We have considered these arguments in light of the record and applicable legal standards. We affirm.
The State's first witness was Camden police officer Dan Pleskonko. On March 22, 2004, at around 8:30 p.m., Pleskonko and his partner Ruben Alicea were conducting surveillance at Seventh and Berkeley Streets, a residential area in Camden. A six-year veteran of his department, Pleskonko stated that he personally made "at least a dozen" drug-related arrests at this particular location, and on the night in question, he was engaged in a "sneak and peak" operation in which he and Alicea were observing narcotics sales and drug transactions from a concealed location.
Pleskonko observed the defendants and their co-defendant Rashon Reese.*fn3 He observed an unidentified female approach the group, observed her and Kareem walk a short distance from the corner, saw the woman hand Kareem money in exchange for what appeared to be a small item, and then walk away. Pleskonko, who was approximately fifty feet from the group, did not have binoculars and had only a partial view of the exchange. Although Pleskonko radioed the woman's description to a backup unit in the area, she was never apprehended.
Pleskonko then saw Charles leave the group, head toward the back of an abandoned building, and remove a brick from the building's foundation. Pleskonko was approximately ten feet from Charles and saw him remove a black handgun and a plastic bag, which the officer suspected contained drugs, from the hiding spot. Pleskonko witnessed Charles conceal the bag in the waistband of his pants and replace the weapon in the wall. The officer testified that Reese then waved to Charles, signaling that it was "clear," and all three men again met at the corner.
Once the stash location*fn4 was identified, Pleskonko radioed the arrest team and instructed them to arrest defendants and Reese. While the arrests were made, the officer kept watch over the stash location to ensure it was not tampered with and then personally retrieved a loaded, black 9 mm. Beretta handgun and a plastic bag containing twenty-nine smaller bags of crack cocaine from behind the removable brick.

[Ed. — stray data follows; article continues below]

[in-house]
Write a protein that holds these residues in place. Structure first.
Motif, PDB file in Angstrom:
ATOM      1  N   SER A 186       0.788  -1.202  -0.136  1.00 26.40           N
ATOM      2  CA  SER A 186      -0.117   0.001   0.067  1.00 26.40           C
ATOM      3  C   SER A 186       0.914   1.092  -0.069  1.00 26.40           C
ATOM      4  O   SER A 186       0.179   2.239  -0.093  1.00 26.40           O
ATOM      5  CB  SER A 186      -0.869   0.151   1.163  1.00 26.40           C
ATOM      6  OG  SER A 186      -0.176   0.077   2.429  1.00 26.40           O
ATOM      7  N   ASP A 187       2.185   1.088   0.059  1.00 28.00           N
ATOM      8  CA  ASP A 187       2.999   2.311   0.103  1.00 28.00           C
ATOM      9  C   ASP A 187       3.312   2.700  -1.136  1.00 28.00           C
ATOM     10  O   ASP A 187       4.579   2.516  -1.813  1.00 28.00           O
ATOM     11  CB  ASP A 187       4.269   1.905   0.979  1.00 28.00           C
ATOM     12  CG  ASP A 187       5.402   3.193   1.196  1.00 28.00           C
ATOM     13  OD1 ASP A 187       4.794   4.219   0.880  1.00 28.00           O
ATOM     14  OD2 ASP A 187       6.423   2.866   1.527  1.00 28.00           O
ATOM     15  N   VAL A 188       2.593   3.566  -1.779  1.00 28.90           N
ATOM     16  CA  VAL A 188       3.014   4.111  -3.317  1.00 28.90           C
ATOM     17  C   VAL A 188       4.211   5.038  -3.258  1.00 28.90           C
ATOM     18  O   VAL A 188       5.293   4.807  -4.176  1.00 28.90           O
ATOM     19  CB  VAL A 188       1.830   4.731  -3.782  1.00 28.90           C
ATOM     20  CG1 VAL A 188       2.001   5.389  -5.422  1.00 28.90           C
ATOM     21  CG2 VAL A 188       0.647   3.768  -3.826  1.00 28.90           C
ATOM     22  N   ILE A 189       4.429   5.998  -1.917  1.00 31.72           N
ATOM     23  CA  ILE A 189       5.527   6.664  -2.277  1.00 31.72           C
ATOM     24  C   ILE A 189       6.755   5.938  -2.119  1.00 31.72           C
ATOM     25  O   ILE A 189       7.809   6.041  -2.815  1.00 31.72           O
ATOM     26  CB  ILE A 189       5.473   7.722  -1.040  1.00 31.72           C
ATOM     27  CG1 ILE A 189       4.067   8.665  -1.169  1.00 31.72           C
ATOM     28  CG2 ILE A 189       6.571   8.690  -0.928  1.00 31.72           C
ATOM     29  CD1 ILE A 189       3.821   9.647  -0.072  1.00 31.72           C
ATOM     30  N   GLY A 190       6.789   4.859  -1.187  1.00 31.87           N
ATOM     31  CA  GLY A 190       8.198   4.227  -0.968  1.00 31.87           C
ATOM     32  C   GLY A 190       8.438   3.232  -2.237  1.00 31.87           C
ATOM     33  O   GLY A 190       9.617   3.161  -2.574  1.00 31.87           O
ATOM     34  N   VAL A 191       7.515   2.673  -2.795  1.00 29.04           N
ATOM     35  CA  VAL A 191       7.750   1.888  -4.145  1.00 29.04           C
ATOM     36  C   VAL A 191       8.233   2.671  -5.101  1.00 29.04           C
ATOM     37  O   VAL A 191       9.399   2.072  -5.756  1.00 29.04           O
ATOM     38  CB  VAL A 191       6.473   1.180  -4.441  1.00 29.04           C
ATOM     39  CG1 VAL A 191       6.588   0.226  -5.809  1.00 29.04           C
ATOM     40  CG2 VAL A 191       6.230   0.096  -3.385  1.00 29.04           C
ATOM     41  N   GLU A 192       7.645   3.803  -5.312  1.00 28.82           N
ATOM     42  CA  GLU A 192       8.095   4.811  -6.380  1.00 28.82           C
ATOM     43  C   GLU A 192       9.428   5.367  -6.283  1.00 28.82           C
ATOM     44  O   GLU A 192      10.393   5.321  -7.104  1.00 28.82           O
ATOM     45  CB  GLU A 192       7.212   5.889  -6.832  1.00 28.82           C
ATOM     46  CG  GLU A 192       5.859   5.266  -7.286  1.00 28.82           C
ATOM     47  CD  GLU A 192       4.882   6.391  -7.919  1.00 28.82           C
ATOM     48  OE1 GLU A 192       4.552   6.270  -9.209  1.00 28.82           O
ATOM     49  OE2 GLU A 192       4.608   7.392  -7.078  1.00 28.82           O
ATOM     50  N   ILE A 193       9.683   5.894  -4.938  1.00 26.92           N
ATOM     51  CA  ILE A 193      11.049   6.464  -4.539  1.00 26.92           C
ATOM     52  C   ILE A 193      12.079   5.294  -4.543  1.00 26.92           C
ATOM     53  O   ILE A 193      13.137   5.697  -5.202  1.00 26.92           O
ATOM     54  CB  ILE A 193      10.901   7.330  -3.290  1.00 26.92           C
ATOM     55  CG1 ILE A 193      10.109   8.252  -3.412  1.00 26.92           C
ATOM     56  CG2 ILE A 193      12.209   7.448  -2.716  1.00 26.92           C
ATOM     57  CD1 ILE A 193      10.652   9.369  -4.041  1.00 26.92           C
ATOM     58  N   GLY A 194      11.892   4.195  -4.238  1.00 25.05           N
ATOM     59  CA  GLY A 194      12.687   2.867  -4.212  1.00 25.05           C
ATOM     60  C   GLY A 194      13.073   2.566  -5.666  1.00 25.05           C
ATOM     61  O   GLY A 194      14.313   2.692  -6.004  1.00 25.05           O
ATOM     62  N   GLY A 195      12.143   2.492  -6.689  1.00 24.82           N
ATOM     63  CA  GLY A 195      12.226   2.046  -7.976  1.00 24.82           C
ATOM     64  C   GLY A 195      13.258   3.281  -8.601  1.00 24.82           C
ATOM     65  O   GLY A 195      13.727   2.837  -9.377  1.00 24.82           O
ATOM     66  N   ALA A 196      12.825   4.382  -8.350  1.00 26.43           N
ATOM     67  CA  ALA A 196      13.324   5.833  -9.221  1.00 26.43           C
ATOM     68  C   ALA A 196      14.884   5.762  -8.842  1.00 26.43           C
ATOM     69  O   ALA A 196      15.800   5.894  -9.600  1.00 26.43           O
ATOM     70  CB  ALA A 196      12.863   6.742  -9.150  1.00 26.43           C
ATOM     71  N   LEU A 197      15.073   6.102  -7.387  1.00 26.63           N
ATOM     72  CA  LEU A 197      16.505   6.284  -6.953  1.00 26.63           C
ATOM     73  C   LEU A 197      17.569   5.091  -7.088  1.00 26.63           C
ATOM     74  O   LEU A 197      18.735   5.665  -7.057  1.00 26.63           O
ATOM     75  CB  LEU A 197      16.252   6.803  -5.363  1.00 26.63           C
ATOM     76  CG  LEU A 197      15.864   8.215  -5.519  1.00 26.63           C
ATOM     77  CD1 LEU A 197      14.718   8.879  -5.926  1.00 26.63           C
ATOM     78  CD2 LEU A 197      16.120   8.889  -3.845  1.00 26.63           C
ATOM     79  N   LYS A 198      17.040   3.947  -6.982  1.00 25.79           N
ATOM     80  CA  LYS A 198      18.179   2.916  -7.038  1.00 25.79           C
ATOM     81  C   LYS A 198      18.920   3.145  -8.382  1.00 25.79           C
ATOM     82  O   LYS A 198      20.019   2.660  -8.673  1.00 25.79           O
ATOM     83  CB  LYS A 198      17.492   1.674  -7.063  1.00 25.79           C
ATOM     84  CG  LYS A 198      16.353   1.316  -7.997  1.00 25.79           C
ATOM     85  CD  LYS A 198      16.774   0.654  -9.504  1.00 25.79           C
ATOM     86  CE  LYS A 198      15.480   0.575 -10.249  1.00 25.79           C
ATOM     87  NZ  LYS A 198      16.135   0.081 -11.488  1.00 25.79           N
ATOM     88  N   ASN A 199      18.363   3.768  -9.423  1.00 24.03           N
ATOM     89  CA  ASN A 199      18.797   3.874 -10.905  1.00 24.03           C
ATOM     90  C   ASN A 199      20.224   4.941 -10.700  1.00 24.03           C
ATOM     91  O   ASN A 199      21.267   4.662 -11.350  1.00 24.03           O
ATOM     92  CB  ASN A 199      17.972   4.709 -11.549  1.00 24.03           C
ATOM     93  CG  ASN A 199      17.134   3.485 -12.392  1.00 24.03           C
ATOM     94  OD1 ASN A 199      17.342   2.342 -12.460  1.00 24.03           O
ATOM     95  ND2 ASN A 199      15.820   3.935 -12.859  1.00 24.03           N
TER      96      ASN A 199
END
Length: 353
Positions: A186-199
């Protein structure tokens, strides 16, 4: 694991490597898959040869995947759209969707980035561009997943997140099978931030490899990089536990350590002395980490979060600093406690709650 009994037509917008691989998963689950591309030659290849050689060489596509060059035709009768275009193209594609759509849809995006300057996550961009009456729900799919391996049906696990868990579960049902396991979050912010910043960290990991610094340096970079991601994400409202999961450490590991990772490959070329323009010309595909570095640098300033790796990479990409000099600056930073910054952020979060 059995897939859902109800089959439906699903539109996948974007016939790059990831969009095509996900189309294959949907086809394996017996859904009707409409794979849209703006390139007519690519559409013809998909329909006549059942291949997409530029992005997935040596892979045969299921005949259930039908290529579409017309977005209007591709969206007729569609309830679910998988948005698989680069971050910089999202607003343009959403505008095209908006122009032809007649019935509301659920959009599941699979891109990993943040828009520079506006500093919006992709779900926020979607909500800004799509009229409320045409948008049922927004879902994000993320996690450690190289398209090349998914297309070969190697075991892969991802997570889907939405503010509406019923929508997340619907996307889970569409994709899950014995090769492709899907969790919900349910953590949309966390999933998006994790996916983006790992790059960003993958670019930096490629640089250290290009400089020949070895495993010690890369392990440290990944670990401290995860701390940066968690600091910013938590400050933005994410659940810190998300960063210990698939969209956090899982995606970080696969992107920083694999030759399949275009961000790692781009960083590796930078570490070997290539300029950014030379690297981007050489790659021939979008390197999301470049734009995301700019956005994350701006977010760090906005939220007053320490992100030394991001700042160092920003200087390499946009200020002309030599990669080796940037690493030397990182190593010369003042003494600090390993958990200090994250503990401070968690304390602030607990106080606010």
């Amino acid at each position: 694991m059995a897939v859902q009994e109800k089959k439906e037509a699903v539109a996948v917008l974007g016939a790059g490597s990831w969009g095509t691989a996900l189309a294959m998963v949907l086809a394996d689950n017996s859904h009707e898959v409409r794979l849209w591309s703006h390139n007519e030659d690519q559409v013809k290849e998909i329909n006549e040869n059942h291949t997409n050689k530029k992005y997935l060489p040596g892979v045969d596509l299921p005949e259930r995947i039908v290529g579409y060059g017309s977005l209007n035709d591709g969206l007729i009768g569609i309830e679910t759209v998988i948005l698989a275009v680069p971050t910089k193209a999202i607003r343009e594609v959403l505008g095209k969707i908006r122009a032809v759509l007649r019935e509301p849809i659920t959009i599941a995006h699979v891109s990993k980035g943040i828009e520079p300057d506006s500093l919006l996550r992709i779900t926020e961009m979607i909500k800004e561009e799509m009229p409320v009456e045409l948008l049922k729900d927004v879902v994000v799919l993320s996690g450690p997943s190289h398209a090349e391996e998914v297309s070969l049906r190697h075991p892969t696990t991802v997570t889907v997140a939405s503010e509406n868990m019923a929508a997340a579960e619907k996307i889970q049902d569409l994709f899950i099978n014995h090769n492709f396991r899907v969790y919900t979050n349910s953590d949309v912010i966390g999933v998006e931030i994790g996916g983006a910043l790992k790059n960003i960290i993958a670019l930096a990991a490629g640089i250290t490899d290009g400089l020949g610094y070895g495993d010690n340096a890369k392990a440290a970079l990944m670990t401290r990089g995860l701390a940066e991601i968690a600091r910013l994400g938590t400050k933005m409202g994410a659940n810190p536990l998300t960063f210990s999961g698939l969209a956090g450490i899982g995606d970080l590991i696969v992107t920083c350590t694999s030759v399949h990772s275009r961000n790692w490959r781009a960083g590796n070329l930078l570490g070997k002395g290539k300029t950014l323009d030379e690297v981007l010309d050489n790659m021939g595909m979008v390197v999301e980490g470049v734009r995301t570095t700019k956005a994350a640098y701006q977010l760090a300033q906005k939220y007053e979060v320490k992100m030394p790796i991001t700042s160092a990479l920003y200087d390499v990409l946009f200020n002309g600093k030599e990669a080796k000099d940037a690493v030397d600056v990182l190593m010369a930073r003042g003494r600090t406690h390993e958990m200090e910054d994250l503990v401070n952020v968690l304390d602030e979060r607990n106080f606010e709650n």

During cross-examination, Pleskonko testified that none of the three defendants had any drugs or weapons on him when arrested. The bag Pleskonko saw Charles place in his waistband was never recovered despite a search of the immediate area by the officers. When arrested, Kareem had $134 in paper currency in small denominations and Charles had $25.
Alicea also testified for the State and his testimony corroborated that of his partner. The State also called a number of witnesses who identified a school and a public park that were near the intersection in question, as well as investigators from the prosecutor's office who had measured the distances to each and found them to be within the statutory one thousand feet, and five-hundred feet respectively, from the intersection.
Without objection, the State then called Terry King, an investigator with the Camden County prosecutor's office, as an expert in the field of illegal drug distribution. He was familiar with the area of Seventh and Berkeley Streets because of his participation in several street-level narcotics investigations at that intersection.
King described the typical packaging of crack cocaine and opined that the drugs confiscated during defendants' arrests were consistent with "street level packaging" utilized by dealers. He also testified regarding the drug distribution hierarchy or scheme utilized by drug suppliers and dealers; the signals and hand signs typically ...